Apart from visibility and enhanced customer services, the ERP would significantly improve supply chain management and minimize costs involved in the mass-production of consumer devices. For instance, through demand forecasting and inventory management, Apple would be well-equipped with the information required in planning the production schedule of critical components from its suppliers. In doing so, the organization would avoid the additional costs of last-minute hiring of temporary employees to meet increase in demand.
Disadvantages of the ERP System
The most significant disadvantage associated with an ERP system is high costs. Notably, Apple would have to spend massively on the upfront cost of the software. Furthermore, if the organization chooses to utilize a cloud-based solution, it would have to carter for periodic payments for users to access the system, a practice that would impose more financial obligations on the venture. Besides, an ERP system may be more complicated than it sounds in a theoretical context. Therefore, the organization would have to invest in training its employees to ensure that the system is utilized appropriately.
Furthermore, with the ERP system being centrally integrated with the supply chain, Apple would be highly exposed to data security issues. For instance, it would be easier for different people in various departments to have access to the ERP for purposes of procurement, resource planning, and production. While the increased visibility would be essential for the smooth running of the firm, it would also expose the organization to a potential breach of data and attacks from external sources, which could cause possible delays in the venture’s operations.
In summary, Apple faces a potential problem in global supply chain management due to its high reliance on a just-in-time supply chain. Notably, it is argued that the venture’s dependency on a just-in-time supply chain can easily create a backlog in production and other interrelated issues such as, increased spending on the supply chain, as evidenced in the case study. To overcome this issue, Apple could invest in an ERP system to facilitate demand forecast and inventory management, which would, in turn, enable suppliers to plan their production schedule better and ensure timely delivery of key manufacturing components. Also, Apple could adopt operational flexibility to help minimize its exposure to production delays in instances where a supplier’s output falls behind schedule. Analysis of the case study reveals that, if the proposed IOSM tools, and concepts are adopted, Apple would be better positioned to reduce its spending of the supply chain. Furthermore, the IOSM tools would help prevent production backlogs, and enhance the venture’s corporate image among consumers and other members of the public.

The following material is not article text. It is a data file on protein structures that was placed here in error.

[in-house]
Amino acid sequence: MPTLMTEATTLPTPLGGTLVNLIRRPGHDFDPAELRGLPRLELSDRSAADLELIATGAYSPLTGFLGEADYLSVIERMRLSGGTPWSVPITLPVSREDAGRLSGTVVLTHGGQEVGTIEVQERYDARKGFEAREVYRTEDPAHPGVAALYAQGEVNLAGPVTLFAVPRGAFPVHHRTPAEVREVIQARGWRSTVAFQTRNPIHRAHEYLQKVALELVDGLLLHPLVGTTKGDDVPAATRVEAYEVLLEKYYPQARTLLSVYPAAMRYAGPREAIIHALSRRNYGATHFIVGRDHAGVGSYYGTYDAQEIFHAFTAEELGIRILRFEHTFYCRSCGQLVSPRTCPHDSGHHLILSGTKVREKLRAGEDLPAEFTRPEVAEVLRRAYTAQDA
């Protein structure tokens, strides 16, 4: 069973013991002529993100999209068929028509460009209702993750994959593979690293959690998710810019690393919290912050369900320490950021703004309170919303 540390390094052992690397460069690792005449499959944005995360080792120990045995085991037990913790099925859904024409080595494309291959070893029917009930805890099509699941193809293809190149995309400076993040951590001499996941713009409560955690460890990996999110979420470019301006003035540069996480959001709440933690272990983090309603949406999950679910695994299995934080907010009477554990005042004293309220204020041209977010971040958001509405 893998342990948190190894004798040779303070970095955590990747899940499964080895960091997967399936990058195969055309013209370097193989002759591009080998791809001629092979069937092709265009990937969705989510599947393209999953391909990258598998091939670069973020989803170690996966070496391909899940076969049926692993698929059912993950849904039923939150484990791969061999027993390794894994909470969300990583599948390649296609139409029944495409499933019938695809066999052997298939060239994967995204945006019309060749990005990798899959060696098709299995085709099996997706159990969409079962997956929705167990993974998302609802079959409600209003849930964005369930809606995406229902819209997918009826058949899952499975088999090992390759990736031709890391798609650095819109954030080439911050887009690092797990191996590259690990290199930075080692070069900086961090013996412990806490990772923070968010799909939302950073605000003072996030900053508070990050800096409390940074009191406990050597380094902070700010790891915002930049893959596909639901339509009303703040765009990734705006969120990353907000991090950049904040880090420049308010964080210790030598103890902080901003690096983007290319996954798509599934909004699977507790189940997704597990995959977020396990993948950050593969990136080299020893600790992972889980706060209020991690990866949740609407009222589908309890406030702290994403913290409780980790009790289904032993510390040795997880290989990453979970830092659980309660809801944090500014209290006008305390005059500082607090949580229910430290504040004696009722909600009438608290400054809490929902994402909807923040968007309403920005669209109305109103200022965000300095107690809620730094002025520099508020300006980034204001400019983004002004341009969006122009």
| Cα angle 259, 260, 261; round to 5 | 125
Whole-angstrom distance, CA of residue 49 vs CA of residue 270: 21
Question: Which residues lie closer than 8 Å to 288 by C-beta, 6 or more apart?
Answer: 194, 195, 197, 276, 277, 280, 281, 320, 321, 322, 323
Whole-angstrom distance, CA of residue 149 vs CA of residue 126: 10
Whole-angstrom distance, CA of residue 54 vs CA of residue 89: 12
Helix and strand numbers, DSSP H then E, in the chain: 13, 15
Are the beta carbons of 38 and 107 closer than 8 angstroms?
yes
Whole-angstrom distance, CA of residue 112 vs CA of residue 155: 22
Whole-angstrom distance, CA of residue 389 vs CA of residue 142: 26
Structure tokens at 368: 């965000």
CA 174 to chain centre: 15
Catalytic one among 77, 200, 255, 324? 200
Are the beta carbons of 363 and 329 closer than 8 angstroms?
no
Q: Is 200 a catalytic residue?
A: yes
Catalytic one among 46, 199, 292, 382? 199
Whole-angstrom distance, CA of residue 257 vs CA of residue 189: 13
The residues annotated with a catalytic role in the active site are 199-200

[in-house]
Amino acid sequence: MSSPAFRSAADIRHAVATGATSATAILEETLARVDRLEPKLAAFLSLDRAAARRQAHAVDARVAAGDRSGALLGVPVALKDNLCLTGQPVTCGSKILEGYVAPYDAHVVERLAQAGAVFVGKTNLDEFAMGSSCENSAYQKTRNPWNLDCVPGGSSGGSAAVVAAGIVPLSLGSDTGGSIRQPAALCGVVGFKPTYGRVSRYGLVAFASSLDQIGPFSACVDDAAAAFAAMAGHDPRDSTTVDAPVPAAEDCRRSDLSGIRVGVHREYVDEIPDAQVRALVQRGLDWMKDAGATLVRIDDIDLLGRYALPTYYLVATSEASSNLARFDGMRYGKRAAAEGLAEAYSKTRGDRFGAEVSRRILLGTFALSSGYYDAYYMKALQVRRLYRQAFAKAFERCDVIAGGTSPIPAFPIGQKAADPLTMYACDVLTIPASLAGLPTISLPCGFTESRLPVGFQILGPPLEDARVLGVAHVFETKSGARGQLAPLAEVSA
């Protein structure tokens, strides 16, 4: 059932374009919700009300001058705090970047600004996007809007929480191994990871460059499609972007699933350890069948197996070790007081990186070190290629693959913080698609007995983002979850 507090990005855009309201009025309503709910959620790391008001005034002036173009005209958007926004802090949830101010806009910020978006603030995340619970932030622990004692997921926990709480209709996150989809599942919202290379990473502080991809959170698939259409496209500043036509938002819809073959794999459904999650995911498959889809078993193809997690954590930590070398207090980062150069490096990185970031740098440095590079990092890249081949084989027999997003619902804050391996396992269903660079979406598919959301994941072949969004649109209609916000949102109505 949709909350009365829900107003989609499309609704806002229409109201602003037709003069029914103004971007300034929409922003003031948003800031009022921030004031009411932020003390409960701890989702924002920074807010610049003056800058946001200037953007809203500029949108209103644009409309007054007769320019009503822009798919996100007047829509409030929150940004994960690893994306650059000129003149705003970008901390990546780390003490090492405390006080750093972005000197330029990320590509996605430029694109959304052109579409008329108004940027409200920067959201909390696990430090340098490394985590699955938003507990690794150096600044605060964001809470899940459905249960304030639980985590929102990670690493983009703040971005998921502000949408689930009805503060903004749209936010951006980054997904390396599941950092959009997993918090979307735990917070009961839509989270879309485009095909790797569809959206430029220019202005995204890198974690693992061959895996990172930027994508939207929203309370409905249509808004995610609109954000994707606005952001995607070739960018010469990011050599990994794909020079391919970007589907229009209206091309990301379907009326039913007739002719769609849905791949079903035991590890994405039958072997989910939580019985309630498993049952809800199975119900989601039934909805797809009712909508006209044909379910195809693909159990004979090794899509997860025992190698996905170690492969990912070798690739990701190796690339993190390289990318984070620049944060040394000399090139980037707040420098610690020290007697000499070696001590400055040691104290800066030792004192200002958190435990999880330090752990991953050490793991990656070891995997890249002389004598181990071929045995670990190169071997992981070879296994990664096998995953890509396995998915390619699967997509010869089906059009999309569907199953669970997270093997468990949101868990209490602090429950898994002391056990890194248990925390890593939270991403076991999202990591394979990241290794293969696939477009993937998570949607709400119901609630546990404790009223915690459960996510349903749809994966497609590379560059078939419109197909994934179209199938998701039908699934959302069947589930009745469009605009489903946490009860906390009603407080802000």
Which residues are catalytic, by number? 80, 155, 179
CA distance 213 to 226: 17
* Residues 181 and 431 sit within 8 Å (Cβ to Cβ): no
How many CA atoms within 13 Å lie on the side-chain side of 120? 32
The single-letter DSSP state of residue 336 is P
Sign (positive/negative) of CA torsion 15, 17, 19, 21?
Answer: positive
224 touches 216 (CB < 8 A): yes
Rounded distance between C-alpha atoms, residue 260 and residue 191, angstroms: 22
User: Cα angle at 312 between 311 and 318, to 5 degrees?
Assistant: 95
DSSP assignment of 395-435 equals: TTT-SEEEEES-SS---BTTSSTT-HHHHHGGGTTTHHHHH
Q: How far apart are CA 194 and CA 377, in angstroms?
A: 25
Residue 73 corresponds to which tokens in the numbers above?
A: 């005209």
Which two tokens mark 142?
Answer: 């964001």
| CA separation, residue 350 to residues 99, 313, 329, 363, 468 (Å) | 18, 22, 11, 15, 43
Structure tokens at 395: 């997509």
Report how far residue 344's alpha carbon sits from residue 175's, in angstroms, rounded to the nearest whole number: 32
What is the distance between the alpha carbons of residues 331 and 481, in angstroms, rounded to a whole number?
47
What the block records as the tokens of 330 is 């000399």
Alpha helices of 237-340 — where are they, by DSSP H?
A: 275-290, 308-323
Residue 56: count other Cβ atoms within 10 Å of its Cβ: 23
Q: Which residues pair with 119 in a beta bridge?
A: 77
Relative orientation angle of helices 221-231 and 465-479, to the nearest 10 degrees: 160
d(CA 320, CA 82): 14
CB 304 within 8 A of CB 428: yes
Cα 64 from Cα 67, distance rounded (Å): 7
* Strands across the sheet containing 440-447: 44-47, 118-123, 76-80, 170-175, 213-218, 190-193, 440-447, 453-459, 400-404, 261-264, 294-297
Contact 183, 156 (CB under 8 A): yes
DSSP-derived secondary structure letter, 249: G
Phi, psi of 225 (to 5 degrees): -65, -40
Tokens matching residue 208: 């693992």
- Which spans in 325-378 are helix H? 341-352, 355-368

Information from the case study sheds light on the numerous differences between domestic, and global operation supply chain management. For instance, global supply chain management involves the distribution of goods across a firm’s global network. An example in Apple’s case is the distribution of raw materials from worldwide suppliers to the company’s assembly points, and dispatch of finished products to the global network of consumers through its online and brick, and mortar stores. On the other hand, domestic supply chain management involves the supply of raw materials, and the distribution of end products within the same country. From the case analysis, Apple is mainly involved in global supply chain management, as its suppliers and consumers are located in different parts of the world.
Chumbalkar, Neha, et al. “Benefits of ERP System and its Use in Supply Chain Management.” International Journal of Innovative Research in Science, Engineering and Technology, vol. 7, no. 3, 2018, pp.2898-2904.
Johnson, Fraser, and Mark, Ken. “Apple Inc: Managing a Global Supply Chain.” Ivey Publishing, 2014.